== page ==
Almost as important, MASCHINE MIKRO is bundled with the full MASCHINE software so you don’t miss out on pattern-based live and step sequencing, VST and AU plug-in hosting, real-time audio recording, sample editing and advanced multi-effects.

The MIKRO version also contains the full 6 GB MASCHINE sound library (check out the vinyl kit), expandable with the series of MASCHINE EXPANSIONS, as well as the free KOMPLETE ELEMENTS sound collection.

MASCHINE MIKRO will be available in October for a suggested retail price of $399 / 349 EUR.

Additional information on MASCHINE MIKRO is available at

Colour Splash Studio Mac review

If you’ve ever wanted to recreate “the little girl in the red jacket” effect from Schindler’s List then a new app has just hit the Mac App Store just for you, and rocketing in at number one you’re apparently not alone in your desire.


Whilst not the only app that lets you create colour splash photography, it is the most powerful – at least according to the team behind it – the MacPhun guys who you might remember from the FX Studio Pro app we looked at recently.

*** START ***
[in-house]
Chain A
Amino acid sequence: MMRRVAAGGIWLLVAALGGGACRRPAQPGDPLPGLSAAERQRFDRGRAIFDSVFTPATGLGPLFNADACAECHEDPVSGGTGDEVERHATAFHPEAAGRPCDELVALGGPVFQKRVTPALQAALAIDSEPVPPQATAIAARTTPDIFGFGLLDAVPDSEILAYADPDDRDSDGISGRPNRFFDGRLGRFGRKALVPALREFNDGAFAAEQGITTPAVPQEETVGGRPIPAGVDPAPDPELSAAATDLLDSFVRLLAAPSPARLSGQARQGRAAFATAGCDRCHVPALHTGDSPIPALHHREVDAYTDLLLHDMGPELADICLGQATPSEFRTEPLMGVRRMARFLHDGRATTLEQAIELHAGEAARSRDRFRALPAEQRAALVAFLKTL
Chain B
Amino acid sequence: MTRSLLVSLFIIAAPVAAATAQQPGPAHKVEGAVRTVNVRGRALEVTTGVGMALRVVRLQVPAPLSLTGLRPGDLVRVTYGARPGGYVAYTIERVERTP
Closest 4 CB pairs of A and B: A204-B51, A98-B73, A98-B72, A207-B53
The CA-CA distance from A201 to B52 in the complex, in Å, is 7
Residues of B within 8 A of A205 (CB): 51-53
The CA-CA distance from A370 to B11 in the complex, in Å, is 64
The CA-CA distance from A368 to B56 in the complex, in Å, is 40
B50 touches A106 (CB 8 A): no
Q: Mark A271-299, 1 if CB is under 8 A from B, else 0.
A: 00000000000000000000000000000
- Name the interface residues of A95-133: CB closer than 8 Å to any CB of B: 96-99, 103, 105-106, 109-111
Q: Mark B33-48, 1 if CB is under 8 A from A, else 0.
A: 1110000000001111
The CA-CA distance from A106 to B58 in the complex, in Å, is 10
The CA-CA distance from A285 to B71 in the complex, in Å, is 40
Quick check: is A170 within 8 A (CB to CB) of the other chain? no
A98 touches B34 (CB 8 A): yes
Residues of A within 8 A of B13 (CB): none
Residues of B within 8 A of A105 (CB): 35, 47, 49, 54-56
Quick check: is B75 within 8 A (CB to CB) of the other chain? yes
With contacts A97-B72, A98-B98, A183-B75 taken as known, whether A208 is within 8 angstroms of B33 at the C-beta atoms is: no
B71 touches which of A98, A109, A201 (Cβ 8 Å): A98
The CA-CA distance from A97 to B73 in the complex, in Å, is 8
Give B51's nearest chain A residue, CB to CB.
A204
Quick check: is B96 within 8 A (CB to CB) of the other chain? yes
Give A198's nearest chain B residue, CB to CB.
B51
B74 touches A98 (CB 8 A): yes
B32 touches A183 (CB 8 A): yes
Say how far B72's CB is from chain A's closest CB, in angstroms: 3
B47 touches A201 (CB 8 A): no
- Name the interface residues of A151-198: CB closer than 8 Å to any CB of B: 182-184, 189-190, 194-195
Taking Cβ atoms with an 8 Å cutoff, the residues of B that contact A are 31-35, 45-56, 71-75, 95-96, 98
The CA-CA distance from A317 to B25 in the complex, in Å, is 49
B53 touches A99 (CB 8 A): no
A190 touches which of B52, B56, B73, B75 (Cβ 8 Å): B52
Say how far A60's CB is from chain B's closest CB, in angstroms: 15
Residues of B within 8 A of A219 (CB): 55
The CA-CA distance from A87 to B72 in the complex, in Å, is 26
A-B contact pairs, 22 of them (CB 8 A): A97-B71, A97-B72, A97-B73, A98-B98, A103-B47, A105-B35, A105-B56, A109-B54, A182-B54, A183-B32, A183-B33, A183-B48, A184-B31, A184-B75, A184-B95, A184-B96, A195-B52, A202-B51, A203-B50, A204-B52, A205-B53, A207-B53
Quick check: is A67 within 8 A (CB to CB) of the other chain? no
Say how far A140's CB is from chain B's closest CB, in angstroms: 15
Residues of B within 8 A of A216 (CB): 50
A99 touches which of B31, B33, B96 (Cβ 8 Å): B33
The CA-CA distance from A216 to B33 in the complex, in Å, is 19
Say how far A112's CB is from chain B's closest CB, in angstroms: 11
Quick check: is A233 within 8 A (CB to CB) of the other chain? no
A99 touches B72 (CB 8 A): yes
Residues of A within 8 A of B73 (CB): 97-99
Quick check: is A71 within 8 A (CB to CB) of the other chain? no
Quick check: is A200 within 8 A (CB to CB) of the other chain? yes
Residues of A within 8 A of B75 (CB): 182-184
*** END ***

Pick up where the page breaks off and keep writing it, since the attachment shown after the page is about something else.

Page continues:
If you don’t know colour splash photography – it’s basically desaturating all but certain parts of the image – you’ve probably seen a black and white photo with bright red lipstick left in for example. It used to be a high-end effect for powerful computers. I can now do it on my phone. This makes me feel as old as the Schindler’s List reference I made at the top of this review. I digress.

So how is it to use? Simple to the point where it also beggars belief. You can drag and drop a photo into the workspace, swipe away with the brush and enjoy the results. Obviously the more complex the image, the more work you will have to put in to impress but common sense should apply with all your image choices. Colour Splash plays nice with full screen Lion and it’s great having all that space and a nice clean layout to work with.

What is more, there are enough adjustable parameters that you can work with very complex images, fiddling with brush diameter, opacity and softness to add nuance to your images. You can also tweak the bright, contrast and so on for the colour and greyscale layer and for added creativity you can play with the blur.

The flexibility doesn’t stop there – you can fiddle with a wide range of popular image formats – jpeg, bitmaps, tiffs and even RAW files. Sharing is also easy, and Colour Splash plays nicely with Aperture and iPhoto as well as popular social networks such as Flikr, Twitter and Facebook.

What’s not to like? Well to be honest not that much. If you don’t like Colour Splash images, or can’t imagine ever making more that two, then obviously this is not for you. For the rest of you – check it out.

Colour Splash is out on the Mac App store for the low low price of £1.49 (it’s 60% off for a limited time)